Ahwazi moviegoers opt for satellite channels

A movie theatre in Ahwaz

A movie theatre in Ahwaz

 By LONDON (RAMADAN AL-SAEDI)
 Several movie theaters in the predominantly-Arab Ahwaz city in Iran have been shut down as audiences preferred staying at home and watching Ramadan TV serials and programs on satellite channels.
The expansive prevalence of satellite channels in the southwestern province of Khuzestan, commonly known as Arabstan, has led to a significant drop in the number of movie goers and 28 movie theatres were closed the province’s capital Ahwaz, said Mojtaba Kuchik Zad, the general manager of the Khuzestan Association of Movie Shows.

  In a province whose population is more than five million, we only have eight movie theatres now  

General Manager of Khuzestan Association of Movie Shows Mojtaba Kuchik Zad

“Several movie theaters were turned into stores,” he said in a press statement. “In a province whose population is more than five million, we only have eight movie theatres now.”

Kuchik Zad added that before the 1979 Islamic Revolution, there were more than 38 movie theatres in Ahwaz and other cities throughout the province.

Ahwazis desert movie theatres and prefer to watch films and serials on channels from the Gulf region because it is in their language which is not the case with movies shown in theatres, said Mohamed Haidari from Ahwaz.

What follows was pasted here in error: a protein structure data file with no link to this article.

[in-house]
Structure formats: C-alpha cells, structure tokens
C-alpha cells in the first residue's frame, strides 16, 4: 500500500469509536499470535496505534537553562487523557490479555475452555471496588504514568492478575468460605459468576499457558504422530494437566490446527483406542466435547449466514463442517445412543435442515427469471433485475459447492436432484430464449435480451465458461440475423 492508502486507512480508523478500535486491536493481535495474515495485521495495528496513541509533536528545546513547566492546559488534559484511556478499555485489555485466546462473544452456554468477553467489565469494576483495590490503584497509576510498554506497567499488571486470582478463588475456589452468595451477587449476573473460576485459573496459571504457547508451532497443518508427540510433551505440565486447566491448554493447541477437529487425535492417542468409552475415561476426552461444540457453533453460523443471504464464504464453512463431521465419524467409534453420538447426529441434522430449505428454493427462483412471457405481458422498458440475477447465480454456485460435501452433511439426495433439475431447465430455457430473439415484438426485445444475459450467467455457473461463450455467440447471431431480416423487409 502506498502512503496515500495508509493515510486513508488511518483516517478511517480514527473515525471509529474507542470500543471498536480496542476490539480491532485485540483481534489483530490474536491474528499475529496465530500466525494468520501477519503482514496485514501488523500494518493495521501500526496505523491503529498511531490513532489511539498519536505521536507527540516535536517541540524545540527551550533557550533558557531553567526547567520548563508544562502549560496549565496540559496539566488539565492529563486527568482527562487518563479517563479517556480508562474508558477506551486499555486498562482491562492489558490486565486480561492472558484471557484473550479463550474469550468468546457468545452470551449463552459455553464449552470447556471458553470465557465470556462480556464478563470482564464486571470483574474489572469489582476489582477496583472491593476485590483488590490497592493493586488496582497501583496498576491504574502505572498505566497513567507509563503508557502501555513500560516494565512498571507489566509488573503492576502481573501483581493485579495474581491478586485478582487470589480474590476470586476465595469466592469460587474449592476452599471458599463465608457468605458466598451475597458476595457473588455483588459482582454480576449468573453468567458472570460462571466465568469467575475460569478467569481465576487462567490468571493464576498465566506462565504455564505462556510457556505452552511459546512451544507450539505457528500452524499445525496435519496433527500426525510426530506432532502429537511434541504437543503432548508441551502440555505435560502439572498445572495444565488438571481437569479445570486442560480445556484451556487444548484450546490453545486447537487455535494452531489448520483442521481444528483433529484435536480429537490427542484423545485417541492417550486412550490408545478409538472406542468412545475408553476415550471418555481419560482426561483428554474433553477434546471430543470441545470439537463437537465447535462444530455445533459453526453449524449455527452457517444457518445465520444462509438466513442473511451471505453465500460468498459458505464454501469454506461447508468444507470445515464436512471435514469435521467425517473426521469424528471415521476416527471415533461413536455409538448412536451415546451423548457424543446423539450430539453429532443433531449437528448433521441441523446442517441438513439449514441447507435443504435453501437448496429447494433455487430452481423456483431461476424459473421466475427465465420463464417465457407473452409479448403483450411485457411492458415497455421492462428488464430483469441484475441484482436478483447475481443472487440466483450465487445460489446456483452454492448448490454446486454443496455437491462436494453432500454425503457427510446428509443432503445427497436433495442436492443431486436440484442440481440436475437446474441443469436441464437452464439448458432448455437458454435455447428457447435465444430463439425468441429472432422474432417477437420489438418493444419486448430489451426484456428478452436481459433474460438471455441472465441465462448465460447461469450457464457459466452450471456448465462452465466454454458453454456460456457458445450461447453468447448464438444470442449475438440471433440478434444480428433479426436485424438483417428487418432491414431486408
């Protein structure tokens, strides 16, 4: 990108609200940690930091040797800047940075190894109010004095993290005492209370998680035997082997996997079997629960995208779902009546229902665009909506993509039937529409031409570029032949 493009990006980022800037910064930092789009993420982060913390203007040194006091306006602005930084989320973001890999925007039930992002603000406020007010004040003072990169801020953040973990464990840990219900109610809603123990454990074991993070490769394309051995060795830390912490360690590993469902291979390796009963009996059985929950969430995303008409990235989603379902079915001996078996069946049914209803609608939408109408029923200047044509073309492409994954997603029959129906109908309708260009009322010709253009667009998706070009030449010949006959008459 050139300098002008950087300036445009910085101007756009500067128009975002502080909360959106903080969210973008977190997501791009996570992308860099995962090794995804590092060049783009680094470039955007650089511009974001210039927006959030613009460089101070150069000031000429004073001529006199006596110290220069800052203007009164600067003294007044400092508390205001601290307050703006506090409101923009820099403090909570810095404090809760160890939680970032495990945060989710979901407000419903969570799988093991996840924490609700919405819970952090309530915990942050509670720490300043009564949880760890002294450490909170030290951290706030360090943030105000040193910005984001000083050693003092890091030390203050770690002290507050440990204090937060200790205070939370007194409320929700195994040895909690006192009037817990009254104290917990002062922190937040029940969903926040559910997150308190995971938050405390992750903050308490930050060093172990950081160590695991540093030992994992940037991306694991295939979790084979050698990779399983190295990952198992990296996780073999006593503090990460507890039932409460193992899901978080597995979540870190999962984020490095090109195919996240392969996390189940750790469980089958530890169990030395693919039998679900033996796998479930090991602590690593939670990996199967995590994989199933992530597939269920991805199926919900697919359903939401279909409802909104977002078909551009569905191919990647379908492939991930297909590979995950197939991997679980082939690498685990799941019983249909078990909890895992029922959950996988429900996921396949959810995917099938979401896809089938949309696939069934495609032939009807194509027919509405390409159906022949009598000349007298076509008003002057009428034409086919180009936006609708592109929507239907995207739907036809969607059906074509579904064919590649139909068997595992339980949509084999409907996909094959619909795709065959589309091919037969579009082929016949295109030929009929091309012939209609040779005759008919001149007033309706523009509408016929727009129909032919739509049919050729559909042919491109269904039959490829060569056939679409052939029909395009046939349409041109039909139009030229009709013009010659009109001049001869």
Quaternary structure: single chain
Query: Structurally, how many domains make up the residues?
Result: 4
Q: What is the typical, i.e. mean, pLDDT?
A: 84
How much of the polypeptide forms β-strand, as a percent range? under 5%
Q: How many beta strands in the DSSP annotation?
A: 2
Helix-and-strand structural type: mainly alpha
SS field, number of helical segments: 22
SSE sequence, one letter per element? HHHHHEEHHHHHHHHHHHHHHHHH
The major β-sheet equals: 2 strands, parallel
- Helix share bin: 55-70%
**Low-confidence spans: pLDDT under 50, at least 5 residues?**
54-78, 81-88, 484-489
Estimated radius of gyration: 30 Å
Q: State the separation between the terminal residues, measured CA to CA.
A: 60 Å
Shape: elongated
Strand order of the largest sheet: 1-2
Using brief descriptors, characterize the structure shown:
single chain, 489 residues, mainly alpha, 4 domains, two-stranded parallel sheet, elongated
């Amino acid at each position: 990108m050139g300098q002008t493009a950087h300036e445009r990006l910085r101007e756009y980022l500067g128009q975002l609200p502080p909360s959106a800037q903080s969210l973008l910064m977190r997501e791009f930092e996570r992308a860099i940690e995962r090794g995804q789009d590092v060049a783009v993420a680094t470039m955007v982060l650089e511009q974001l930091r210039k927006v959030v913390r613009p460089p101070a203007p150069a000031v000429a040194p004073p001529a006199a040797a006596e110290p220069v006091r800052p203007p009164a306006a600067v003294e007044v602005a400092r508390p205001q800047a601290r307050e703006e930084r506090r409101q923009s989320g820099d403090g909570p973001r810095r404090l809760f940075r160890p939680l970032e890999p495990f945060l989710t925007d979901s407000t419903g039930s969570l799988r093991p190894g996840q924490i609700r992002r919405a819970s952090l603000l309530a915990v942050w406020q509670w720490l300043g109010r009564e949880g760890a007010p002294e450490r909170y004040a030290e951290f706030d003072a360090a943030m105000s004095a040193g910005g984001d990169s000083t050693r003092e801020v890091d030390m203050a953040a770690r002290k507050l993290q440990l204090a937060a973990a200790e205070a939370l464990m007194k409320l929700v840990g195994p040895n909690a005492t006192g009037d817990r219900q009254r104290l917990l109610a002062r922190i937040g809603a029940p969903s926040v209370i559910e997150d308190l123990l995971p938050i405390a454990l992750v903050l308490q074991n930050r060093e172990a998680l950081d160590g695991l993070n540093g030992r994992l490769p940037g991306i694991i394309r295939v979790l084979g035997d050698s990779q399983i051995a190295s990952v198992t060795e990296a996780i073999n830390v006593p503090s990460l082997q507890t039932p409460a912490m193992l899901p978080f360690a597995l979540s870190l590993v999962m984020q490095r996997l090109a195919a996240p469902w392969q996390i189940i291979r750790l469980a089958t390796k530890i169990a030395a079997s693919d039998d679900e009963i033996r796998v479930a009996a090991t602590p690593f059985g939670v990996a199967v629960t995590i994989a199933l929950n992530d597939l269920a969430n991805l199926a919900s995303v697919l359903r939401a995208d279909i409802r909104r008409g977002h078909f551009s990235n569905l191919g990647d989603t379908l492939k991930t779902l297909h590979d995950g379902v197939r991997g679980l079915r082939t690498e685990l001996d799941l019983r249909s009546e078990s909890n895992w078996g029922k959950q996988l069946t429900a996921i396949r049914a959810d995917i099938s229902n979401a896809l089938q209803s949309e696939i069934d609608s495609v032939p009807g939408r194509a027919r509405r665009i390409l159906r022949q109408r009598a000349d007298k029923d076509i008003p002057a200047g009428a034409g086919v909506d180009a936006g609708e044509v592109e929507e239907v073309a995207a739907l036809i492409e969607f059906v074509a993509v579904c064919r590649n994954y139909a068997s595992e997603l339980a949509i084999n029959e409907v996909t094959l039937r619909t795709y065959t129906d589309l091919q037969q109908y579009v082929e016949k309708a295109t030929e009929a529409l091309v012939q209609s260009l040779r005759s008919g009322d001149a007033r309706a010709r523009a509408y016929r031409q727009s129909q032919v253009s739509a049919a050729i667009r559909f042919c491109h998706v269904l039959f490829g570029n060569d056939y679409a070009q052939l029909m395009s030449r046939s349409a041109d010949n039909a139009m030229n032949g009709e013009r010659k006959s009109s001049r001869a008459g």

“They also escape from their deplorable economic conditions when they watch TV,” he told Al Arabiya.

Saeid al-Tamimi argued that Arab audiences were fed up with the didactic movies that only aim at promoting the values of the revolution and the policies of the regime.

“They prefer to watch Syrian and Gulf TV serials especially on MBC which has become a member of every Arab family in Iran,” he told Al Arabiya.

Head of Karon, the Arab Ahwazi culture website, Abu Nizar Hamdi said that Arab Iranians no longer go to movie theatres due to the marginalization of Arab culture in Iran based on instructions from the regime.

“Movie theatres in Arabstan are not allowed to show Arabic-speaking movies,” he told Al Arabiya. “This is the same policy that bans Arab Iranians from getting an education in their own language.”

The government, Hamdi added, also makes it hard for Arab citizens to follow the news on Iranian channels because of the language.

“They go for Arab channels like Al Arabiya which is the most watched in the province especially since its coverage of the political unrest that have recently swept Iran.”

First movie theatre

The establishment of movie theatres in Khuzestan is related to the discovery of oil in the province in the first quarter if the twentieth century. A British company was in charge of excavation and found in Khuzestan the first oil well.

The British established the first movie theatre in the entire Gulf region in Abadan, a city in the southwest of the province, to entertain the British laborers who worked in the excavation at the time.

The 100-seat movie theatre, which later came to be called the Indian cinema, was specialized in English-speaking films and it attracted Arab Iranians in the province as well as tourists from Iraq and the Gulf.

After the success of the first movie theatre, several others were established in other Arabstan cities like Ahwaz, Masjed Soleiman, and Susangard (originally called al-Khafajiyya) till the number reached 38.

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